Thursday, June 2, 2011

The Good Thief (2002)

OK, so it's a remake but its a good remake, in many ways better than the original perhaps. BUT it is one of those remakes where it's set in France but everyone speaks English. Loses points for this. Neil Jordan's The Good Thief is at times an almost exact re-telling of Jean-Pierre Melville's Bob le Flambeur (1956) but it adds a little extra spice and seediness to the story, perfect for a modern film with noir tendencies.

Nick Nolte is Bob, he's our main character, Tcheky Karyo is his close friend and nemesis Roger. Georgian actress Nutsa Kukhianidze is the beautiful young prostitute Anne and amongst the fine ensemble cast of European actors you will find the Polish brothers, Mark and Michael, makers of the extraordinarily atmospheric Northfork. For those of you not familiar with the name Neil Jordan you may know his more mainstream successes Interview With The Vampire and The Brave One or if like me you care little for vampires or revenge thrillers starring that girl from Taxi Driver you may also know his work in Breakfast on Pluto, The Crying Game or the Graham Greene adaptation The End of the Affair.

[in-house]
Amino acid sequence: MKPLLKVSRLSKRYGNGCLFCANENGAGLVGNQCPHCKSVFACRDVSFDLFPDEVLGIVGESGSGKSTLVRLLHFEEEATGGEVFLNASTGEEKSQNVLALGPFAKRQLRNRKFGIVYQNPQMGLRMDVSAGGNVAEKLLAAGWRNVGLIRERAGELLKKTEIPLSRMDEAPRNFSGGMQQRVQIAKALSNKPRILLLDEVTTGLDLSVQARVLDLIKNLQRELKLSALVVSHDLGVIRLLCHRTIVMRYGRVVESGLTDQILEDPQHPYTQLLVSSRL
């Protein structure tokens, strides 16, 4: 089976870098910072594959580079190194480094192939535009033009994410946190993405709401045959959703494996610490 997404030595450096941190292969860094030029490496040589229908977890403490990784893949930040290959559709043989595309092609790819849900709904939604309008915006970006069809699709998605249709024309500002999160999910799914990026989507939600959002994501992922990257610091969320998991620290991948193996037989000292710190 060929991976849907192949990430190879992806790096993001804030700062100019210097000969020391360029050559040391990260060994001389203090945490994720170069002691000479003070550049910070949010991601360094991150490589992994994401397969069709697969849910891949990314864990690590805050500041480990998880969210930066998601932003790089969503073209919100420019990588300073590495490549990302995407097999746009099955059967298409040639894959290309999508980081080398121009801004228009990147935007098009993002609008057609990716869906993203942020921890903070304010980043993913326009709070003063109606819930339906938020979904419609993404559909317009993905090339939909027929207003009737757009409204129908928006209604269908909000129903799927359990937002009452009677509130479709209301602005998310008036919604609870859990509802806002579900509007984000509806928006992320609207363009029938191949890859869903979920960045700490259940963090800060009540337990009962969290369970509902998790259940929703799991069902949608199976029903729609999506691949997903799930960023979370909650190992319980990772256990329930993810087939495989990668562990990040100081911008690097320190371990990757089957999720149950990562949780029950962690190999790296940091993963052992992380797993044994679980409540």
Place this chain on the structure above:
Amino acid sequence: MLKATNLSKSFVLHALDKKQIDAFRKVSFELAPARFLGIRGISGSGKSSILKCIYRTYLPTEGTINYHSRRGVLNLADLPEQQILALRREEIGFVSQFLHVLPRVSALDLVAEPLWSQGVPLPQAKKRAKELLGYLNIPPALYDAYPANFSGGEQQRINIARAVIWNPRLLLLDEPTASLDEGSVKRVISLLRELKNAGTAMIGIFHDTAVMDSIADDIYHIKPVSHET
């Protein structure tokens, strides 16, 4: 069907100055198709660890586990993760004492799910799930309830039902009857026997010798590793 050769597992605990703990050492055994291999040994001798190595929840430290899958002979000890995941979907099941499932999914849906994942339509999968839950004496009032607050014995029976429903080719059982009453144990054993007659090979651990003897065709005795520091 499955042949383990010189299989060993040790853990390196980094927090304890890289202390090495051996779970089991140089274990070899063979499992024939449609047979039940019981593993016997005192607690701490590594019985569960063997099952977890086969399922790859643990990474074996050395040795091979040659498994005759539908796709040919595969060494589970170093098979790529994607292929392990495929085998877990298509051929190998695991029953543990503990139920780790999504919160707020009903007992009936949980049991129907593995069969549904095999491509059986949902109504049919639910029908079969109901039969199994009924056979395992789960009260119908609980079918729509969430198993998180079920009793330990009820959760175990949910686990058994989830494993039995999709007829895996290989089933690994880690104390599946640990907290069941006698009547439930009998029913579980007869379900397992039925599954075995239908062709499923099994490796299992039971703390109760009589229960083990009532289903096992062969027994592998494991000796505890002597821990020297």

The similarities between original and remake in the main body of the poster was enough to make me want to compare and contrast those two images instead of my usual multiple image for the same movie breakdown. The femme fatale foregrounded with our antihero in shadow. Or is it the other way round? Interesting that both creative teams opted for the same iconography don't you think? Bob le Flambeur probably gives away a little more of the plot than The Good Thief but only marginally. For more on how these posters are really a pretty standard noir image check out the awesome rundown of noir posters over at Where Danger Lives. The sheer volume of work that's gone in to that post is overwhelming.

I saw this trailer when it was initially released and didn't really have much interest in watching the movie to be honest but having seen the film and then watched the trailer again I think I have a different appreciation for it. Offers some hints as to the content, shows off the beautiful cinematography and the song at the end evokes a strong feeling of days gone by, that time when going to a casino had some class associated with it and tourists in shorts and thongs (flip-flops) were not allowed entrance.

My synopsis of this would probably be something along the lines of Bob has run out of money because he's a crook and a junkie, Roger is the local cop who knows Bob's history, Bob wants to make one last score and Roger is torn between stopping him and letting it slide. There's some twists, some turns, some laughs and some drama as we work our way to a Monte Carlo casino-based climax.